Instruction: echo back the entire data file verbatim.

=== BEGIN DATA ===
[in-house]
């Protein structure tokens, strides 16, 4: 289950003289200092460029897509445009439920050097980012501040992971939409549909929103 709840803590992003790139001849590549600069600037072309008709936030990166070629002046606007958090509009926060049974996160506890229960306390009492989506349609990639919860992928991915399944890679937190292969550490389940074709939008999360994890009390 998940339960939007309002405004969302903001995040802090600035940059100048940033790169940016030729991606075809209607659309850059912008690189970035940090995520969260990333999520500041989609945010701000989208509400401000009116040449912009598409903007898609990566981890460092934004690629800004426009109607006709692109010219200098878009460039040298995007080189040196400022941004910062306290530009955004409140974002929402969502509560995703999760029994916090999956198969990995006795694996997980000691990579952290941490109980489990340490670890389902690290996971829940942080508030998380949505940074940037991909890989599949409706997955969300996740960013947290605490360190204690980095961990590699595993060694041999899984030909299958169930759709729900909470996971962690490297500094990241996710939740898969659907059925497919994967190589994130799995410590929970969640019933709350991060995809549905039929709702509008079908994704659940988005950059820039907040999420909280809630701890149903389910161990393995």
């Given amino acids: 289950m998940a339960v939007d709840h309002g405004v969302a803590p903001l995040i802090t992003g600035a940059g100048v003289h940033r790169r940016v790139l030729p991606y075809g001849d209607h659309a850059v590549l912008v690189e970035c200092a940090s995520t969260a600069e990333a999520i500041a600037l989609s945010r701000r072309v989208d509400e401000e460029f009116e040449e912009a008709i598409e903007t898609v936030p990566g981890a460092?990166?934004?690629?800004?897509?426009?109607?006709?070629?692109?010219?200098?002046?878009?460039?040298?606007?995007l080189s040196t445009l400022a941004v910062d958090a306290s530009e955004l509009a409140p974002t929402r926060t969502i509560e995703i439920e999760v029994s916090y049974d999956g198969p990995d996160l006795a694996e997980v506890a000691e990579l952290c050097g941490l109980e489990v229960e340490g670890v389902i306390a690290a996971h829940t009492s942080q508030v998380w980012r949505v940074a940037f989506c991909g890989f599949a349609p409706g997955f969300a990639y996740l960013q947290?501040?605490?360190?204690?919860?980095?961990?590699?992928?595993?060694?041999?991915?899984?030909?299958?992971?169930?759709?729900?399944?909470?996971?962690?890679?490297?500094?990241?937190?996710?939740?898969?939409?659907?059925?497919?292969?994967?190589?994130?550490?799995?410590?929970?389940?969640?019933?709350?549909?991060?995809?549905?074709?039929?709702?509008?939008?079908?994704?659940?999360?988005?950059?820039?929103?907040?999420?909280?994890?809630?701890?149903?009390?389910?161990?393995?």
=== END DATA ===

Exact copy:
[in-house]
């Protein structure tokens, strides 16, 4: 289950003289200092460029897509445009439920050097980012501040992971939409549909929103 709840803590992003790139001849590549600069600037072309008709936030990166070629002046606007958090509009926060049974996160506890229960306390009492989506349609990639919860992928991915399944890679937190292969550490389940074709939008999360994890009390 998940339960939007309002405004969302903001995040802090600035940059100048940033790169940016030729991606075809209607659309850059912008690189970035940090995520969260990333999520500041989609945010701000989208509400401000009116040449912009598409903007898609990566981890460092934004690629800004426009109607006709692109010219200098878009460039040298995007080189040196400022941004910062306290530009955004409140974002929402969502509560995703999760029994916090999956198969990995006795694996997980000691990579952290941490109980489990340490670890389902690290996971829940942080508030998380949505940074940037991909890989599949409706997955969300996740960013947290605490360190204690980095961990590699595993060694041999899984030909299958169930759709729900909470996971962690490297500094990241996710939740898969659907059925497919994967190589994130799995410590929970969640019933709350991060995809549905039929709702509008079908994704659940988005950059820039907040999420909280809630701890149903389910161990393995």
């Given amino acids: 289950m998940a339960v939007d709840h309002g405004v969302a803590p903001l995040i802090t992003g600035a940059g100048v003289h940033r790169r940016v790139l030729p991606y075809g001849d209607h659309a850059v590549l912008v690189e970035c200092a940090s995520t969260a600069e990333a999520i500041a600037l989609s945010r701000r072309v989208d509400e401000e460029f009116e040449e912009a008709i598409e903007t898609v936030p990566g981890a460092?990166?934004?690629?800004?897509?426009?109607?006709?070629?692109?010219?200098?002046?878009?460039?040298?606007?995007l080189s040196t445009l400022a941004v910062d958090a306290s530009e955004l509009a409140p974002t929402r926060t969502i509560e995703i439920e999760v029994s916090y049974d999956g198969p990995d996160l006795a694996e997980v506890a000691e990579l952290c050097g941490l109980e489990v229960e340490g670890v389902i306390a690290a996971h829940t009492s942080q508030v998380w980012r949505v940074a940037f989506c991909g890989f599949a349609p409706g997955f969300a990639y996740l960013q947290?501040?605490?360190?204690?919860?980095?961990?590699?992928?595993?060694?041999?991915?899984?030909?299958?992971?169930?759709?729900?399944?909470?996971?962690?890679?490297?500094?990241?937190?996710?939740?898969?939409?659907?059925?497919?292969?994967?190589?994130?550490?799995?410590?929970?389940?969640?019933?709350?549909?991060?995809?549905?074709?039929?709702?509008?939008?079908?994704?659940?999360?988005?950059?820039?929103?907040?999420?909280?994890?809630?701890?149903?009390?389910?161990?393995?």